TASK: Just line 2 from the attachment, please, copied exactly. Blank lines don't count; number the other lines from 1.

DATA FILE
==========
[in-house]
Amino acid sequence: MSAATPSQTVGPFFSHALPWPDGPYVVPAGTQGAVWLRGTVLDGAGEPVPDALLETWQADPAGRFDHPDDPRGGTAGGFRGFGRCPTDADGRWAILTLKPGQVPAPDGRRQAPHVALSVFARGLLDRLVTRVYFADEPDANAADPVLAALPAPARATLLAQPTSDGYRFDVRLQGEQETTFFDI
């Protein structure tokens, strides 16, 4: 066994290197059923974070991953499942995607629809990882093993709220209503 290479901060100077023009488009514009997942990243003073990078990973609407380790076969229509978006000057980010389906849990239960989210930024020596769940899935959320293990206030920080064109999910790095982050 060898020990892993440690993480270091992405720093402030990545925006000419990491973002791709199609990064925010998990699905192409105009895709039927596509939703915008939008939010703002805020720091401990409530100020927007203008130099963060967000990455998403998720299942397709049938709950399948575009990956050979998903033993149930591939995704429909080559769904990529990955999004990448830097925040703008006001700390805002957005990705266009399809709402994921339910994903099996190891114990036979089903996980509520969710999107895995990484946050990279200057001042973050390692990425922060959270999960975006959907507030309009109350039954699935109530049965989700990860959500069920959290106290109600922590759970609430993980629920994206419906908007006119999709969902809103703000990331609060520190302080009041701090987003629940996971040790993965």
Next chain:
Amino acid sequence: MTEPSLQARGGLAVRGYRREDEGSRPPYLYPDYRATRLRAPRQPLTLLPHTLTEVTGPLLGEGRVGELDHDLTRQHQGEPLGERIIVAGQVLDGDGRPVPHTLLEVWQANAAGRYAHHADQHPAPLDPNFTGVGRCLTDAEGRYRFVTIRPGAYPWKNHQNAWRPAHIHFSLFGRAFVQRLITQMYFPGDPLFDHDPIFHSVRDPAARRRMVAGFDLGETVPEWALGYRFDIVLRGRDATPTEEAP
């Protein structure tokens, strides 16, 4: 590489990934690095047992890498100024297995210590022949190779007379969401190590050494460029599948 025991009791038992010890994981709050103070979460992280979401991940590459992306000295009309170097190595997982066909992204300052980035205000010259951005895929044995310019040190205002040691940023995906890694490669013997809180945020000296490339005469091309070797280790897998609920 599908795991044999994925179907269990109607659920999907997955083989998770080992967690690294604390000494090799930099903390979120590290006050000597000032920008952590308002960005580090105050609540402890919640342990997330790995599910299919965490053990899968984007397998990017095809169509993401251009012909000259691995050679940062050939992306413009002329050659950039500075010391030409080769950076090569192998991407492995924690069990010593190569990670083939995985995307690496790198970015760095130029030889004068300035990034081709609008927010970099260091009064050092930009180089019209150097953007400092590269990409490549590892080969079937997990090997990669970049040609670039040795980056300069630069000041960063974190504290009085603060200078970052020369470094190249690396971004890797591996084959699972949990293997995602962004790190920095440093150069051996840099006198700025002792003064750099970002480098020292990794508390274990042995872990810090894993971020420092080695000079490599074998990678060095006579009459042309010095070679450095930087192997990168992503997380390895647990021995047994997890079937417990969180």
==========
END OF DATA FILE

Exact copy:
Amino acid sequence: MSAATPSQTVGPFFSHALPWPDGPYVVPAGTQGAVWLRGTVLDGAGEPVPDALLETWQADPAGRFDHPDDPRGGTAGGFRGFGRCPTDADGRWAILTLKPGQVPAPDGRRQAPHVALSVFARGLLDRLVTRVYFADEPDANAADPVLAALPAPARATLLAQPTSDGYRFDVRLQGEQETTFFDI